In The Name Of Fake Romance.

A Girl Decides To Find Love By Starting A Fake One.

16:59. Deborah tucked her phone; her last piece of belonging, into her bag, and hurried down the hall to the ladies’ room. There, she emptied her bladder, hurriedly. And took a final look at her appearance before stepping out the door. Her walk through the foyer was dignified and purposeful. But at the parking lot, it was swift.

She didn’t want to be late. By her calculations, it was going to take twenty minutes to get to Circles; the venue of her date with the man Elsie had called her about. She wanted to get there early, before he arrived, so she could get a look at him, and begin to form an opinion about him, as soon as he was in her line of vision.

He was the third man she was meeting, since she launched her fake-date scheme to finding love.


Her first date, in the series, was with a man she’d nurse a crush on, who worked in the same office building as her. She didn’t wait to finish her food. He was a waste of good looks.

The second was with a common acquaintance, who happened to always show up single, in the same way as her, at every gathering they attended. He was a good conversationalist, but couldn’t find enough benefits to make the idea appealing to him.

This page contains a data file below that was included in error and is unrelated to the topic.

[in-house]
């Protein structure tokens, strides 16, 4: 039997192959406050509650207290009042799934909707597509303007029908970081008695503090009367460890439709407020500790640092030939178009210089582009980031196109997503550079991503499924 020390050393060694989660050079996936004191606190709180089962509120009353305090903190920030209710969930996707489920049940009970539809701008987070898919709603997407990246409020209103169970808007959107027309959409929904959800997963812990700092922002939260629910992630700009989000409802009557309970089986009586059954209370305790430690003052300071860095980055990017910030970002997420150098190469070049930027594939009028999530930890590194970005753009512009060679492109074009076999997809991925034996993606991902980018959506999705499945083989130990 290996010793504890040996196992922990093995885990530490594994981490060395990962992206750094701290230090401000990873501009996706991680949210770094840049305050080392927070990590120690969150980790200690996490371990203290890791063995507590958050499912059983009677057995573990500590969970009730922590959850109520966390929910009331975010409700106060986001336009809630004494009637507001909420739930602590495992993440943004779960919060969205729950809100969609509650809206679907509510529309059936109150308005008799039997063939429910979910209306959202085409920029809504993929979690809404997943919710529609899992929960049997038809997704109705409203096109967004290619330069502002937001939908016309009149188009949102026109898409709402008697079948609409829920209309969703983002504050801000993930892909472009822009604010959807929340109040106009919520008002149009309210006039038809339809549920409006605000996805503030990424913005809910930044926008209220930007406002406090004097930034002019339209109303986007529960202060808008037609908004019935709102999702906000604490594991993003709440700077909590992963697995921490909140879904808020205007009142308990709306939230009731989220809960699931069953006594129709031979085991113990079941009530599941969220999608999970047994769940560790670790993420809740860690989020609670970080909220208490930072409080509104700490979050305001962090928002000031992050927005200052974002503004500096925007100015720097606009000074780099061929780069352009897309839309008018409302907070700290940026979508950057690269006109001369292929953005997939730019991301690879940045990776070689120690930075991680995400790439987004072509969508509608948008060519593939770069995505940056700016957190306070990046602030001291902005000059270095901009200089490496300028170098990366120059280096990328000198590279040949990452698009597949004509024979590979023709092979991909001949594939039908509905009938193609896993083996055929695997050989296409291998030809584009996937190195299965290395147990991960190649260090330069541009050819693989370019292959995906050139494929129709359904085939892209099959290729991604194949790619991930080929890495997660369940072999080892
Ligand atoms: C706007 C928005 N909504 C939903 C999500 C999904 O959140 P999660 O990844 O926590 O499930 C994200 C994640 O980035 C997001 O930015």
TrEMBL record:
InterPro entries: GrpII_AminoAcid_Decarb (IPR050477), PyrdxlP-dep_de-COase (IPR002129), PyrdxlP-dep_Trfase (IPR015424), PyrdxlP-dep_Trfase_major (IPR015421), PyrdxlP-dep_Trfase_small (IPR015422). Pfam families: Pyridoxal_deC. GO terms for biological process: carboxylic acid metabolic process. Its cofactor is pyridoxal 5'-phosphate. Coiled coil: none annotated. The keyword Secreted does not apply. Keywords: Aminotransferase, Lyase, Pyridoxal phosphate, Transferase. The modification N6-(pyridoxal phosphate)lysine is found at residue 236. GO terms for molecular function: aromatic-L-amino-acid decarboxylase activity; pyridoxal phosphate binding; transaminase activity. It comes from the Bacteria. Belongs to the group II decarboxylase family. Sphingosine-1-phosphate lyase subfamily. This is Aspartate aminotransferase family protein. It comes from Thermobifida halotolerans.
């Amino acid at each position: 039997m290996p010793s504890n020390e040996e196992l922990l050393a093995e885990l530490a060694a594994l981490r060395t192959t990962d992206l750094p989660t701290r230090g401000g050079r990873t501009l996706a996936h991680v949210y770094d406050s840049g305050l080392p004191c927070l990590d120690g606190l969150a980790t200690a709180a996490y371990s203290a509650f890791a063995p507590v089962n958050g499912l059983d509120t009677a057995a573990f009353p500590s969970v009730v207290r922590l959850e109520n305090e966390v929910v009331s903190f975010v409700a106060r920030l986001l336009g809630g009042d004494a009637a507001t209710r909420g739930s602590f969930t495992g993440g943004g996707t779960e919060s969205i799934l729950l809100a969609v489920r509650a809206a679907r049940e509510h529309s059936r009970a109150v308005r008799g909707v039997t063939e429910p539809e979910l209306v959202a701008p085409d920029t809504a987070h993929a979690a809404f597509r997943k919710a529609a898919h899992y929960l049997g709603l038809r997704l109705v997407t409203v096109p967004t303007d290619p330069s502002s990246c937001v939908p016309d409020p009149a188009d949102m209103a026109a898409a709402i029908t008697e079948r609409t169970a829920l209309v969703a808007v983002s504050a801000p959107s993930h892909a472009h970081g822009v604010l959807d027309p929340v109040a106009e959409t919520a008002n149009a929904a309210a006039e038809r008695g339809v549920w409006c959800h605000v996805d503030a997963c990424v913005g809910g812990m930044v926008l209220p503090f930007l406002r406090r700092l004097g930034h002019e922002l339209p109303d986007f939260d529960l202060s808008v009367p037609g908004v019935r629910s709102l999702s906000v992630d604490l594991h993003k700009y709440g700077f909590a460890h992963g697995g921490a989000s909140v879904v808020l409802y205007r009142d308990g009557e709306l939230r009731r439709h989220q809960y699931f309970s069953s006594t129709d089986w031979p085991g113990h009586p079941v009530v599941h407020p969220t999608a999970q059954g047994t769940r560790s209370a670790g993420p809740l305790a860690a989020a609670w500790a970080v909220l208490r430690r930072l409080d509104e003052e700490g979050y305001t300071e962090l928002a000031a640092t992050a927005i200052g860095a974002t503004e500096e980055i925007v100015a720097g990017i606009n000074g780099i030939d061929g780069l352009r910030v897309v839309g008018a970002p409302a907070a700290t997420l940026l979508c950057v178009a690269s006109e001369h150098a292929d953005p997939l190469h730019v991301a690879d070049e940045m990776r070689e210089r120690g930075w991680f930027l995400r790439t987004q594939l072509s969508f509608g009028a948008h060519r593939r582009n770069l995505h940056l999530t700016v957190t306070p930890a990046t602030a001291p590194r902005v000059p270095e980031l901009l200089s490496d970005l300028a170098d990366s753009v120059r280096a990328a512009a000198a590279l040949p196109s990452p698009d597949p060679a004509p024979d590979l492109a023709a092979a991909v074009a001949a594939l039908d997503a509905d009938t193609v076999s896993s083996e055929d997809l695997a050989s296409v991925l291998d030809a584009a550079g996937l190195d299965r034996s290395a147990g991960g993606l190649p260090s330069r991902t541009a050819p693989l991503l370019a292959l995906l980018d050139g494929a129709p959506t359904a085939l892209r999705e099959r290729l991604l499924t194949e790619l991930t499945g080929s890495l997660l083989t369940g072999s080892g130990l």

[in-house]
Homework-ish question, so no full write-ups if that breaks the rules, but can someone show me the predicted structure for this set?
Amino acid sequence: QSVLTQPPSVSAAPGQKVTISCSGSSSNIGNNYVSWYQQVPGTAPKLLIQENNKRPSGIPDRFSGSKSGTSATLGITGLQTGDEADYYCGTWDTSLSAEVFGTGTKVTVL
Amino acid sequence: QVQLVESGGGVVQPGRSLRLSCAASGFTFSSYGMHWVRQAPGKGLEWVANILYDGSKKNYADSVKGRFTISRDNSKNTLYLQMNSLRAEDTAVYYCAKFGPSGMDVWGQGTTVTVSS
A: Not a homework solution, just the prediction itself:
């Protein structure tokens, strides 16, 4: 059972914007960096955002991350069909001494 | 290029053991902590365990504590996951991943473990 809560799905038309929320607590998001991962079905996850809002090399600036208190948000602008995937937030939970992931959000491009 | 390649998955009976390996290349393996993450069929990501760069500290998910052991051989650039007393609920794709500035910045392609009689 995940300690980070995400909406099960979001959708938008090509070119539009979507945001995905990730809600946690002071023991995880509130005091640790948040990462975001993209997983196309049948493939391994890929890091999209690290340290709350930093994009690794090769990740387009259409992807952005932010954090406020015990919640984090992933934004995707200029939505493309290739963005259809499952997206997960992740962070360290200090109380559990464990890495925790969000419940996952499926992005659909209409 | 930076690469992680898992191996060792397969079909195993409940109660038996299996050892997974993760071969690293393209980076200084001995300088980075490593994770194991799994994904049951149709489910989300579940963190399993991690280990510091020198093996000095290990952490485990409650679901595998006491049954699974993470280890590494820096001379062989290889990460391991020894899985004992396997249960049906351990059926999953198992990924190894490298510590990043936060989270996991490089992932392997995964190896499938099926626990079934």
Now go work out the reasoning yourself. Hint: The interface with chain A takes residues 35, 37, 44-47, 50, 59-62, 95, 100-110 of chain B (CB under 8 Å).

Then comes Richard, who she was meeting that afternoon. He was sourced by her friend’s intervention. He was a regular at Elsie’s restaurant, and she sought him out among other diners.

When she called to say she was sending a man her way, Deborah received the idea of him with an open mind. She answered his call at the third ring. His voice, at the other end, sounded deep. In fact, too deep.


Elise had told her that there is something incredible about him. She just didn’t know what it is. And Deborah wondered if his voice was it. Or his sternness that probably go along with that deep voice.

They talked for all of four minutes and he wanted to meet immediately to assess and move forward or let go, as the case may be.

Richard wasn’t the kind of man who thinks it is necessary to feign disinterest, or form busyness, and leave them hanging for days, before showing up. He thought playing games in the arena of love is infantile.

“Why do you have to push your fated outcome forward? When you can have it today, and move along with the rest of your life?” he usually says.

With Deborah, he wasn’t going to do differently. He had been in the market for love, for over a year, and was more determined, than when he first started, to continue searching for that real thing that his soul told him is possible. That is the reason he frequented Elsie’s. Word had it that Elsie’s was the square at that part of town, and he could see why on his first visit.


The space came exquisite. The food was great. And the crowd was clean. Impressively clean, for a restaurant in the middle of lower petite bourgeoisie.